I keep hearing people talk about who deserves the credit for the killing of the world's most feared criminal mind. I believe it is President Obama that should get the lion's share of the credit, although Bush, the CIA, the military, and others, including those in Pakistan, deserve some of the praise.
First, it must be noted that Bush's policies never resulted in bin Laden's capture. Although, he does get credit for limiting his movement and disrupting the Al-queda network. Secondly, we have to understand that Bush really did give up on catching bin Laden. This isn't the same as really trying hard and failing. He quit trying altogether. He said on different occasions that he was not concerned about bin Laden. He stated that he did not know where he was. He also commented that he did not spend that much time thinking about him. The most noteworthy statements that Bush made, said that he ( bin Laden), "[was] not the centerpiece of any power structure." He said, "He's been marginalized." Marginalized means minimized, no longer powerful, effective, or active. We now know that this was NEVER true, but if the Bush administration believed this, then it is not hard to understand why they couldn't find him. According to The Herald Bulletin, a local newspaper in my hometown, U.S. officials said Wednesday of bin Laden, that, "His personal, handwritten journal and his massive collection of computer files reveal his hand at work in every recent major al-Qaida threat, including plots in Europe last year that had travelers and embassies on high alert,..."
Also, according to these officials, bin Laden suggested striking smaller cities and targeting trains as well as planes. In other words, bin Laden was planning a series of 9/11-type disasters, to kill as many Americans as possible. He was not marginalized.
Finally, Bush let the bin Laden unit, set up to capture or kill him, close down in 2005, ironically, the same year bin Laden had his million dollar hideaway compound built, nestled in an affluent area in Abbottabad, Pakistan. So, if President Obama were going to catch or kill bin Laden, he had to go against the prevailing inertia of indifference and resignation of the Bush administration. And he did. He directed Leon Panetta to make the capture or kill of bin Laden the number 1 priority in the war on Al-Queda. He was personally involved, staging 9 meetings, and giving detailed input. His analysis of the progress and his dogged determination to pursue this elusive target, was painstaking, risky, and courageous. Again, I give credit to everyone involved, but without Obama's directive to Panetta, we wouldn't even be having this conversation.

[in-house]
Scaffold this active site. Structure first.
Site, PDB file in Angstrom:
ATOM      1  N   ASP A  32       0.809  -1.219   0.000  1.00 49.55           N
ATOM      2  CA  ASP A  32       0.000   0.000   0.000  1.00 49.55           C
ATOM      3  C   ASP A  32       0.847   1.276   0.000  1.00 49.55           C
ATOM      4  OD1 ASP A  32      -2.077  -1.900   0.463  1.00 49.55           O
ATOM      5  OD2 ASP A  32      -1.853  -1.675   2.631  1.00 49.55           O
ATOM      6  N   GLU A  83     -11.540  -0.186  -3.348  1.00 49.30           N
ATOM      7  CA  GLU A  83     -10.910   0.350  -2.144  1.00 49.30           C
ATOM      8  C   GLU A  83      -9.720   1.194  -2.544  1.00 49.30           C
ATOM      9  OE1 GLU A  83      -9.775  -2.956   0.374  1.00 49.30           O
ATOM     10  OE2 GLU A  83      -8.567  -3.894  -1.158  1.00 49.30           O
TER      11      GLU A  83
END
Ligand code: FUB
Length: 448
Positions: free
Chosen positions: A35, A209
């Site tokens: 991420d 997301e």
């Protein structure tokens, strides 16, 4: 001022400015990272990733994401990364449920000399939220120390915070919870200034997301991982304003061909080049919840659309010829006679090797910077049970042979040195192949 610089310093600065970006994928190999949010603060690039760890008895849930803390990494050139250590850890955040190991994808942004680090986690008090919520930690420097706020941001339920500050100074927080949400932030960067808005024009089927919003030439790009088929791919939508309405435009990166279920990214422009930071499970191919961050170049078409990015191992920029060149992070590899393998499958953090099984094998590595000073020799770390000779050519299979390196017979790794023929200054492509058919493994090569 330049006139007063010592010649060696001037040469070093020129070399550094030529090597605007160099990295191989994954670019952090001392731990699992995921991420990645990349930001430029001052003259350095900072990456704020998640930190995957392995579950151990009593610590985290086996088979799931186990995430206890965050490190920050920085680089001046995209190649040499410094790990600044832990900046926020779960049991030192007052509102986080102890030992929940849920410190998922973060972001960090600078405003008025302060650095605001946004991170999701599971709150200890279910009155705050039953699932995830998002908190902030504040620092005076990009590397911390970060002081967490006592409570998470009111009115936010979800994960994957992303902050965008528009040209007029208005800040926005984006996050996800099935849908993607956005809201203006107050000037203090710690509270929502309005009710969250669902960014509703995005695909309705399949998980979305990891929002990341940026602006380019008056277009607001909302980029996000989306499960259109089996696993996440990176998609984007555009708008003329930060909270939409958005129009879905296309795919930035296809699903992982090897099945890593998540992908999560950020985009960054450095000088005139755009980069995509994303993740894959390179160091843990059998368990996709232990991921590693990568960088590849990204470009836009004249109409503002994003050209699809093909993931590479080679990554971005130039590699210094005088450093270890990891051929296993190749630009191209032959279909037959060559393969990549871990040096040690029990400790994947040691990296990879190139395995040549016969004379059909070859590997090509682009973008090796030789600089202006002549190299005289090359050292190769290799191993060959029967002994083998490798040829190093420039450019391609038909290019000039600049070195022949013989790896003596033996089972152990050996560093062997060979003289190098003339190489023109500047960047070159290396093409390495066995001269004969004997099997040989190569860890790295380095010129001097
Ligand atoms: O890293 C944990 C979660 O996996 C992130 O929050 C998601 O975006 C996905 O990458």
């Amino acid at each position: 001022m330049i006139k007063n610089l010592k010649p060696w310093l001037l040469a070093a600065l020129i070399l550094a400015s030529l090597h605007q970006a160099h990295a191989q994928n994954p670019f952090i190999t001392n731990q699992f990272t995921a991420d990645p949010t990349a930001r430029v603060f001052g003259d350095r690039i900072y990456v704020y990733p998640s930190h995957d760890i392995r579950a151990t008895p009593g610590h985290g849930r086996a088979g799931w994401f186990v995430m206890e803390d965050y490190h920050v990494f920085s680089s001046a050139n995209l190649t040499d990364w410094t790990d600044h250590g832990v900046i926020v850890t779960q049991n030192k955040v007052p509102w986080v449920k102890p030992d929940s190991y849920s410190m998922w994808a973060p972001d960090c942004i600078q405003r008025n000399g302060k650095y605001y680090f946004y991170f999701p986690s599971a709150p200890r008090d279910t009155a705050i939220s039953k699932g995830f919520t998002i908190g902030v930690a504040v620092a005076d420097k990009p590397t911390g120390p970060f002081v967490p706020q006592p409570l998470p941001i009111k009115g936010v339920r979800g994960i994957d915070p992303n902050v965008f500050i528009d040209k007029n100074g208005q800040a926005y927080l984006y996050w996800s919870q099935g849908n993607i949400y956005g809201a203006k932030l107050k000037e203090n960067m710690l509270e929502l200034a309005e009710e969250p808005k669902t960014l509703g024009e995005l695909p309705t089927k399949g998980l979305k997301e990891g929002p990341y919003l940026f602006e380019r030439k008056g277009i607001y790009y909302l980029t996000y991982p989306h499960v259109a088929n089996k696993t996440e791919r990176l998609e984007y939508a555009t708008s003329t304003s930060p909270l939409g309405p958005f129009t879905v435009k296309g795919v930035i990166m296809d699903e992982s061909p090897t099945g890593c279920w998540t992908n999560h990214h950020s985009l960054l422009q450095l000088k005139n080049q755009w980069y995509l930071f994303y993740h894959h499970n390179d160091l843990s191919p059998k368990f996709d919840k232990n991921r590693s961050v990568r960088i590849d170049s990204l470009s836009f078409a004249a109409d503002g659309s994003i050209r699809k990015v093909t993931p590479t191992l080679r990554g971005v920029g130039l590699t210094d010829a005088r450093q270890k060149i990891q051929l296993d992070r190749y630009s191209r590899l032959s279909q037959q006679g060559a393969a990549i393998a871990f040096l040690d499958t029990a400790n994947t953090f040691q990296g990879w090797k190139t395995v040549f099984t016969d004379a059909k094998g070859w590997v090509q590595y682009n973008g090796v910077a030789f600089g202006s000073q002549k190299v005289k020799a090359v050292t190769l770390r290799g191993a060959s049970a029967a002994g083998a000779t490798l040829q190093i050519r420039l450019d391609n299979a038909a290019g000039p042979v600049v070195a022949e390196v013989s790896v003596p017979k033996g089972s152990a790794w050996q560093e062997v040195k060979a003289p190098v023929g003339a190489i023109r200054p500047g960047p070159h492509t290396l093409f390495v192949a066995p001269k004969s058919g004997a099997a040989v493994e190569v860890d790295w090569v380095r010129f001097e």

Now, the question is asked, "Why does it matter?" A good question.
The biggest reason is , because, in light of the differences in leadership on foreign policy, the Commander-in-Chief who has shown the kind of foresight and competence it takes to bring down a bin Laden, should be able to command global respect on matters of foreign policy. In President Obama's case, this is respect that he sorely needs. He is not soft on terrorism, but his detractors have had some effectiveness in portraying him that way. Actually, this latest victory is just another feather in Obama's cap, because he has had a string of wins on foreign issues. He got Mubarak to step down. His decision to strike at Libya without spearheading another costly war has shown to be prudent, and may yet pay more dividends if the drone strikes help the rebels hit pay dirt. He has drawn down the troops in Iraq, with plans to leave in December. Troops in Afghanistan will begin leaving this summer. His controversial decision in 2009, to add 40,000 more troops has helped the cause greatly. If this latest victory, of killing bin Laden proves that there is indeed a method to Obama's madness, or rather his "dithering", as opponents call it, we may need to reserve criticism and realize that there is more than one way to be successful.